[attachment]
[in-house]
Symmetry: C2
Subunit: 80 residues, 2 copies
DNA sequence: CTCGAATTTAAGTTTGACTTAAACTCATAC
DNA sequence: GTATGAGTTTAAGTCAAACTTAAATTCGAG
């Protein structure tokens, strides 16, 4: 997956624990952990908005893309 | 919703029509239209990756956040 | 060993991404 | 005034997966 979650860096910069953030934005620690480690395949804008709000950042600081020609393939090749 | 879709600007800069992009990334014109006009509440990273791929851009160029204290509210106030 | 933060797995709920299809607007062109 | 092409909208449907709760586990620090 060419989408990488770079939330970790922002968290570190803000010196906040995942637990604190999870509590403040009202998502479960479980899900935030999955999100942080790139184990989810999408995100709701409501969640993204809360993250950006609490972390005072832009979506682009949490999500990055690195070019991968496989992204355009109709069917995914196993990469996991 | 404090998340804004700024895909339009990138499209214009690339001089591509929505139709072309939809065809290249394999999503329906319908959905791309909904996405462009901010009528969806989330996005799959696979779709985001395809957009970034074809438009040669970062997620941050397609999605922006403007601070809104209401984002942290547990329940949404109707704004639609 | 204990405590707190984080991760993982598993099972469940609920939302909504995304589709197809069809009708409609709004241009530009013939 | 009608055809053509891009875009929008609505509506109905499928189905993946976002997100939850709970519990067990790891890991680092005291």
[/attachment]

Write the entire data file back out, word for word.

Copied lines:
[in-house]
Symmetry: C2
Subunit: 80 residues, 2 copies
DNA sequence: CTCGAATTTAAGTTTGACTTAAACTCATAC
DNA sequence: GTATGAGTTTAAGTCAAACTTAAATTCGAG
């Protein structure tokens, strides 16, 4: 997956624990952990908005893309 | 919703029509239209990756956040 | 060993991404 | 005034997966 979650860096910069953030934005620690480690395949804008709000950042600081020609393939090749 | 879709600007800069992009990334014109006009509440990273791929851009160029204290509210106030 | 933060797995709920299809607007062109 | 092409909208449907709760586990620090 060419989408990488770079939330970790922002968290570190803000010196906040995942637990604190999870509590403040009202998502479960479980899900935030999955999100942080790139184990989810999408995100709701409501969640993204809360993250950006609490972390005072832009979506682009949490999500990055690195070019991968496989992204355009109709069917995914196993990469996991 | 404090998340804004700024895909339009990138499209214009690339001089591509929505139709072309939809065809290249394999999503329906319908959905791309909904996405462009901010009528969806989330996005799959696979779709985001395809957009970034074809438009040669970062997620941050397609999605922006403007601070809104209401984002942290547990329940949404109707704004639609 | 204990405590707190984080991760993982598993099972469940609920939302909504995304589709197809069809009708409609709004241009530009013939 | 009608055809053509891009875009929008609505509506109905499928189905993946976002997100939850709970519990067990790891890991680092005291």